I sent a text to my wife, “Let’s drop everything this weekend, throw the air mattress in the back of the Jeep, and cruise up the Eastern side of the Sierras for an epic adventure.” She responded, “Sure.” (We also had our two-year-old, Zoe Kathryn, to take with us.)
Four hours from home, we found ourselves pulling into the quaint town of Lone Pine, which sits at the base of the Eastern Sierras. The landscape around the town, including the famed Alabama Hills, has been the backdrop for many movies, mostly Westerns, dating back to the 1930s.
Our campsite was really nothing but high desert scattered with cactus, brush, and rocks. Perfect for rabbits. We parked in an unoccupied area, and I grabbed my shotgun and set off on foot. I was no more than 100 yards past a nearby creek bed when I jumped up the jackrabbit. He held tight, hidden behind a bush until the last instant. I could have reached out and grabbed him. Boom… he took off running from behind the bush. I raised my shotgun and fired but missed…forgot to lead. I tracked the rabbit with my gun, chambered another round, and let it rip. The rabbit rolled forward in his tracks and ceased to move.
I walked over to the rabbit and said a quiet thanks for his sacrifice. This meat would feed my family and I was always taught to show appreciation and respect to the animal. While walking to the Jeep, I began to think about the meal I would prepare.
Long ago I was studying the memoir of Marco Pierre White, who was one of the original famed chefs…long before Emeril or Bobby Flay. Marco Pierre White always said to pair wild animals with a food that they eat. This will help blend the natural flavors from within the meat. This concept is something I have always tried to follow as I develop recipes, and it has never let me down.
As I walked in the desert, I scanned my immediate vicinity to see what this rabbit would have normally eaten. I know that in drought, similar to the one we are in, rabbits will often eat the base of the nopales cactus to obtain both nutrients and moisture. I noticed that there were several reddish purple fruits attached to the nopales cactus pads. These delicious fruits are most commonly called prickly pears and they have some amazing culinary uses. One such use is in a sauce to coat roasted rabbit legs.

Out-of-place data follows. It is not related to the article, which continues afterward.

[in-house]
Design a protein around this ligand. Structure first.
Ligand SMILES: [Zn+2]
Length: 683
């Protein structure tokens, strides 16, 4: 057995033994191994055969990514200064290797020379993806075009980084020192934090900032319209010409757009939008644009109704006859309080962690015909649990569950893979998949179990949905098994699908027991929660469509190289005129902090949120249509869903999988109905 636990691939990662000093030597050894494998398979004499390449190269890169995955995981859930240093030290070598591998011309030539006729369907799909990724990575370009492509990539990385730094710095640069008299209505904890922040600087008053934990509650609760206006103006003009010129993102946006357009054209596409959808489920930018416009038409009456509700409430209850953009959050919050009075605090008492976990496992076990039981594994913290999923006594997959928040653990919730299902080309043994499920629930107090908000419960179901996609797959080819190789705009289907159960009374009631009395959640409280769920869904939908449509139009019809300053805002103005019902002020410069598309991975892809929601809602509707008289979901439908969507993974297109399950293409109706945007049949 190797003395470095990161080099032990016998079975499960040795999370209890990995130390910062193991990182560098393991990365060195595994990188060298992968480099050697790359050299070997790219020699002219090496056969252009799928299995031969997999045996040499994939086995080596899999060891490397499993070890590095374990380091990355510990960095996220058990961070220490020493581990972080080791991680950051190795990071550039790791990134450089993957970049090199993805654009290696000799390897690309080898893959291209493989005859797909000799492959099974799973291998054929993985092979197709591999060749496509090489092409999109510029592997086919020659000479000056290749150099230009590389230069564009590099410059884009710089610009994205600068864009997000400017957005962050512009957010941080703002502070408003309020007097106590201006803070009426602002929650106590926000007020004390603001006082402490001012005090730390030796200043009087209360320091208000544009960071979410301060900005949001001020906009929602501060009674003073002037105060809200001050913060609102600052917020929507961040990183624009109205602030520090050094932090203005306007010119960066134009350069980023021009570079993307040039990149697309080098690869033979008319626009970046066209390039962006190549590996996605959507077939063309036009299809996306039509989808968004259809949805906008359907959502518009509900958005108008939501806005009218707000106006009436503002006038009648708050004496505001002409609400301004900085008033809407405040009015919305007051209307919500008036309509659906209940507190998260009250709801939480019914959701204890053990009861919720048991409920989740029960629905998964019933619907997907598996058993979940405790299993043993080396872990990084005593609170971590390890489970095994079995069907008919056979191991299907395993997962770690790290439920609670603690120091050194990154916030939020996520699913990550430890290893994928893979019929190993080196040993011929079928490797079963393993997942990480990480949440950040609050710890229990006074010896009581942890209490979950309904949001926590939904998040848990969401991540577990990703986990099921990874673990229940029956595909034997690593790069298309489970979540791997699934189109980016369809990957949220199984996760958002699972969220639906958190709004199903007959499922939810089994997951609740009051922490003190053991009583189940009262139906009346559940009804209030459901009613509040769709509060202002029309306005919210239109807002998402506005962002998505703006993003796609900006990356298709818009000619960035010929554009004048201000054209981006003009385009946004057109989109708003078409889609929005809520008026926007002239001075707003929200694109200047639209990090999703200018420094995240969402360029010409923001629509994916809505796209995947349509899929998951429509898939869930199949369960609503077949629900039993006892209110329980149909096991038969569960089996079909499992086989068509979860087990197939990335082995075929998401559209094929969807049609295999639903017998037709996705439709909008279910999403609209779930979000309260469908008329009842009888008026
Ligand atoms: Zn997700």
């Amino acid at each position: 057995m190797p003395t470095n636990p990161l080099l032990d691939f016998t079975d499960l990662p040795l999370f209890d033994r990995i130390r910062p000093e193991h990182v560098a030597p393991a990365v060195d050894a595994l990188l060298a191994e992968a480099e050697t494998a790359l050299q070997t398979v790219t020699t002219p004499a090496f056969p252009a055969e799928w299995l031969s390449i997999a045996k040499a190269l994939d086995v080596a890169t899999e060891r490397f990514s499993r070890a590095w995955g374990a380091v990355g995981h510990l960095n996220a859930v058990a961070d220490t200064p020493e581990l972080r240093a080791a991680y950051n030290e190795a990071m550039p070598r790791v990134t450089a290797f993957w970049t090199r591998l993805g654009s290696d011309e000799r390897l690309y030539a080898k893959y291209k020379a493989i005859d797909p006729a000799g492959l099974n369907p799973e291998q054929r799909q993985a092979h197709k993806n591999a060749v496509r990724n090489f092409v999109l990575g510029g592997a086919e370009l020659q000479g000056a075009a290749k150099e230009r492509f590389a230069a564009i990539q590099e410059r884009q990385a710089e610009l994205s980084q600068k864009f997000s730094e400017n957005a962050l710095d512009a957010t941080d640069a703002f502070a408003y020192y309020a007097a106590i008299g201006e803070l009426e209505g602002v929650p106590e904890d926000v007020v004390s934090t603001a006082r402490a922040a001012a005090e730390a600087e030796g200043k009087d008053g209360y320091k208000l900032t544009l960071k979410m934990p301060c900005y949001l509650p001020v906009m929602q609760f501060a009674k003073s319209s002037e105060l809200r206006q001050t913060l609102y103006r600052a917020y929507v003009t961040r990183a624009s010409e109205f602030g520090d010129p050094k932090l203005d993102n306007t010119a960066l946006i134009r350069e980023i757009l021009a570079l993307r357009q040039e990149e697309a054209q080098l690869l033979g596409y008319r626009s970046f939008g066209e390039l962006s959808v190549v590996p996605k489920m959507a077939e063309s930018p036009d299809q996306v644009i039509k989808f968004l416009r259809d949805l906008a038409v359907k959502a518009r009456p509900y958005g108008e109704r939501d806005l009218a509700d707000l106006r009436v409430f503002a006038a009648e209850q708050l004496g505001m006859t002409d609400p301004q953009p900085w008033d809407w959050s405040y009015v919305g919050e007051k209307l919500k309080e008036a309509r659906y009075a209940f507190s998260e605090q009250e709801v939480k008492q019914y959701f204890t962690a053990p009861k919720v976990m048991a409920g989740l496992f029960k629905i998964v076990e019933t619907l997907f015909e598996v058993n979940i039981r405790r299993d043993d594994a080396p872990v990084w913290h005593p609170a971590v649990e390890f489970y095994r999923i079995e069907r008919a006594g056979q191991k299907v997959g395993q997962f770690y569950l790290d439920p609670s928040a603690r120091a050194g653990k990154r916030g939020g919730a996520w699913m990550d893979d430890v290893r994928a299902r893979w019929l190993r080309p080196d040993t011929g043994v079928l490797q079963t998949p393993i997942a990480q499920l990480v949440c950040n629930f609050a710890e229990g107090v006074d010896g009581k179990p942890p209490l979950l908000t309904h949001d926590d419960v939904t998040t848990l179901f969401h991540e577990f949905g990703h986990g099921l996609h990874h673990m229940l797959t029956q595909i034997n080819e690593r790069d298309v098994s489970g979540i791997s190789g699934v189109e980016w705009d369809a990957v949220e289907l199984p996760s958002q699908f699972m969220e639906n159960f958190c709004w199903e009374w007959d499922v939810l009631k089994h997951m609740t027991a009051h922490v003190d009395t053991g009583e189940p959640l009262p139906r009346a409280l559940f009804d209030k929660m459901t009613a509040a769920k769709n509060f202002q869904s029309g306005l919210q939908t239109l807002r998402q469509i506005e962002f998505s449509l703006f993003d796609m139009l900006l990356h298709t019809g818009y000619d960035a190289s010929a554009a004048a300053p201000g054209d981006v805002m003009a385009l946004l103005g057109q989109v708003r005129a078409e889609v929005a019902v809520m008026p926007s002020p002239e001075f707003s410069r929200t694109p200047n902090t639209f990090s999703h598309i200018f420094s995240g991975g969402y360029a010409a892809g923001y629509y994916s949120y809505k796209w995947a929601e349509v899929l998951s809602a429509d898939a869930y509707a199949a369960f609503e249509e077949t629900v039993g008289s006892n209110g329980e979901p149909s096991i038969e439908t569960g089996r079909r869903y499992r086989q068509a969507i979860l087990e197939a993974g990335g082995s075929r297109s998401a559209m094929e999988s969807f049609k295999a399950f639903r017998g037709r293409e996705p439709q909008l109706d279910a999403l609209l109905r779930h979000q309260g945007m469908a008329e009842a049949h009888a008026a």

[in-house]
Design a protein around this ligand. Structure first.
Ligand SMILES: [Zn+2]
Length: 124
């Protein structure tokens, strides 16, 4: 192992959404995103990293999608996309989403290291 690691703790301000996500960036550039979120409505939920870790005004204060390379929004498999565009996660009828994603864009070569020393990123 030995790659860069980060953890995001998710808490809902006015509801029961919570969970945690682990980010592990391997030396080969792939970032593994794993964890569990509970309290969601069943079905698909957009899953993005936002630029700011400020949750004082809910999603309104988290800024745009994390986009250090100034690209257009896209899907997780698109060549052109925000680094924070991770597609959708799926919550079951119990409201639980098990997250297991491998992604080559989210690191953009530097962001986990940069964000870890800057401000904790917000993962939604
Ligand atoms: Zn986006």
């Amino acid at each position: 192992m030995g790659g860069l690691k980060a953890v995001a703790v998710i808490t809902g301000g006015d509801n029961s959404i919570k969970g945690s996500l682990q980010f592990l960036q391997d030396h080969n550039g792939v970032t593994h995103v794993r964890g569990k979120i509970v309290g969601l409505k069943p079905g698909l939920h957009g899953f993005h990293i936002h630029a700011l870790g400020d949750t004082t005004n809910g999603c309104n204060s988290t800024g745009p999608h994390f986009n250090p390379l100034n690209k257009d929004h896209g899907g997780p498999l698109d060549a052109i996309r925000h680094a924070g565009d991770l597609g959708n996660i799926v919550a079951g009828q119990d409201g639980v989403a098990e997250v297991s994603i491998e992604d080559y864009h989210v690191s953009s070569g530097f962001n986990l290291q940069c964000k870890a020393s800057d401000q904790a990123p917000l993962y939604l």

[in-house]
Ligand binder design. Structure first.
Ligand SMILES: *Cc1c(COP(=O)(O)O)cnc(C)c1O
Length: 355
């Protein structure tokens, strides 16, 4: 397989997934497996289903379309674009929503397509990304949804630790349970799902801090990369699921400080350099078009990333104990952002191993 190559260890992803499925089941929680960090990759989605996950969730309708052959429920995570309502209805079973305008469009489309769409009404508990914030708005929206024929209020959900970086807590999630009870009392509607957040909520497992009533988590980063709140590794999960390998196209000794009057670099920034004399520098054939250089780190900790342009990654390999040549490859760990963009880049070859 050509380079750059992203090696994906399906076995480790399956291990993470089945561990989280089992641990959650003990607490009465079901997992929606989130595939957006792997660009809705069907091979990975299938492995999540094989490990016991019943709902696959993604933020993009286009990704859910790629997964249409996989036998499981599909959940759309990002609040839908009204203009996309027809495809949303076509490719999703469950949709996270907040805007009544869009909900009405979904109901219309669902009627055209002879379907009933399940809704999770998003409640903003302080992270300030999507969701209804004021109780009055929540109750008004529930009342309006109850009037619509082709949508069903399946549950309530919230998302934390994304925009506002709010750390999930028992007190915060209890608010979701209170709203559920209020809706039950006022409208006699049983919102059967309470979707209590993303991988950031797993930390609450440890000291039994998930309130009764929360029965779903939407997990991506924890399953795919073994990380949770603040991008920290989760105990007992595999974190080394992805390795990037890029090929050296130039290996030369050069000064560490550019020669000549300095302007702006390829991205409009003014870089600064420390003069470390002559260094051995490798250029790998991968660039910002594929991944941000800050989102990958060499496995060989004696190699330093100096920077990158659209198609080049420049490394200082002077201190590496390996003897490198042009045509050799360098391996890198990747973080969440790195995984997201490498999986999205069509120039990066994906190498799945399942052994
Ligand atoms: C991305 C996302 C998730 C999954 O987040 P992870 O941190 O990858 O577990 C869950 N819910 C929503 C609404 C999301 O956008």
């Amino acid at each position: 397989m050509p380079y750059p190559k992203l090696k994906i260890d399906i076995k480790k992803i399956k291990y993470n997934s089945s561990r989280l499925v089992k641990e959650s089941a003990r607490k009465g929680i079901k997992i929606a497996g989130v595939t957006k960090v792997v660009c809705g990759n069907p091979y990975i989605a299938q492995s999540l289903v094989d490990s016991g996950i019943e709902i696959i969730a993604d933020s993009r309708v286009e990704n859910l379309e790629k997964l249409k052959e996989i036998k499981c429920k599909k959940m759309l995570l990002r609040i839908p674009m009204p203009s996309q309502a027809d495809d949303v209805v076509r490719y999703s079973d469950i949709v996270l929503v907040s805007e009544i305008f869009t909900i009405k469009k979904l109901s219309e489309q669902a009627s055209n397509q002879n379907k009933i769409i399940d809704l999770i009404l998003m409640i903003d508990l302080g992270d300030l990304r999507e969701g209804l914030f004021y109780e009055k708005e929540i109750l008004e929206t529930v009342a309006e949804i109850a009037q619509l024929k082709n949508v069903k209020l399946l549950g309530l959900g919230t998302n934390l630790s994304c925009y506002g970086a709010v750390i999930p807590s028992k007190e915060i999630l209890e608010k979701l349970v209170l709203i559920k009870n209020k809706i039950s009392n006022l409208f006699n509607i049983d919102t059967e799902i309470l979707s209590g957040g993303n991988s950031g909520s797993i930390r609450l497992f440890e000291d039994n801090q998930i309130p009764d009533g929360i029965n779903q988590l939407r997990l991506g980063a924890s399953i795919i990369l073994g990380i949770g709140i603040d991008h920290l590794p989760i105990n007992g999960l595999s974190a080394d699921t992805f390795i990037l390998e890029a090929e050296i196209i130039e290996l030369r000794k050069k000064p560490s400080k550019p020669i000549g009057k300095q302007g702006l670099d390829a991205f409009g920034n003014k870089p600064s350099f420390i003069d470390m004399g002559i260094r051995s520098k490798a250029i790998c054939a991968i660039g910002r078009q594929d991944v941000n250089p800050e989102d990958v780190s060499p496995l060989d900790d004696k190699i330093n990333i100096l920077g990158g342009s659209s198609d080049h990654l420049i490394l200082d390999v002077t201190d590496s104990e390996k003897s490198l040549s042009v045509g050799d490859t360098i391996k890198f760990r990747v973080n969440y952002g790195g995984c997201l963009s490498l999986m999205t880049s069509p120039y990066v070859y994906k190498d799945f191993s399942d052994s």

- Garlic Sage Brine
- 6 cups of water
- 1 tablespoon fresh sage, minced
- 1 teaspoon red pepper flakes
- 6 garlic cloves, smashed
- 6 tablespoons salt (non-iodized)
- 1) Bring all of the ingredients to a boil in a medium sauce pan
- 2) Simmer for 2–3 minutes
- 3) Remove from fire and allow to cool
- 4) Soak the cleaned rabbit quarters (1 hour for each 1 lb of meat)
- Prickly Pear Sauce
- Please be mindful of the small hair-like thorns, even though most stores clean them off prior to selling. If you harvest the pears from the wild, then the thorns should be removed before cleaning.
- 8 red prickly pears, skinned
- 1 tablespoon of lime or lemon juice
- 1 teaspoon chili powder
- ½ teaspoon cayenne pepper
- 1 teaspoon salt
- 1 tablespoon honey
- 1) Purée the prickly pears in a food processor.
- 2) You will have to strain out the seeds from the juice. Discard the seeds.
- 3) Place the juice in a medium pot over medium heat
- 4) Mix in the lime juice, chili powder, cayenne, and salt
- 5) Reduce the juice by half.
- Roasted Rabbit Legs
- 4 rabbit quarters
- 1 tablespoon olive oil
- 1 teaspoon ground black pepper
- 1 teaspoon salt
- 1 teaspoon dried sage
- 1 teaspoon garlic powder
- ¼ cup white wine
- 1) Preheat your oven to 350 degrees.
- 2) Remove the rabbit legs from the brine and rinse well with water.
- 3) In a large mixing bowl, toss the rabbit legs in olive oil and then season with the salt, ground black pepper, garlic powder, and sage.
- 4) Place the legs in a glass baking dish and add the white wine.
- 5) Cover the pan with aluminum foil.
- 6) Bake for 40 minutes covered and then an additional 20 minutes uncovered.
- 7) Remove the legs from the pan.
- 8) Coat the legs with the prickly pear sauce.
[Post edited for length.]
Blog: Harvesting Nature
Post Title: Roasted Rabbit Legs with a Spicy Prickly Pear Sauce
Post Date: December 10, 2014
Author: Justin Townsend | From: Oceanside | Blogging since: 2011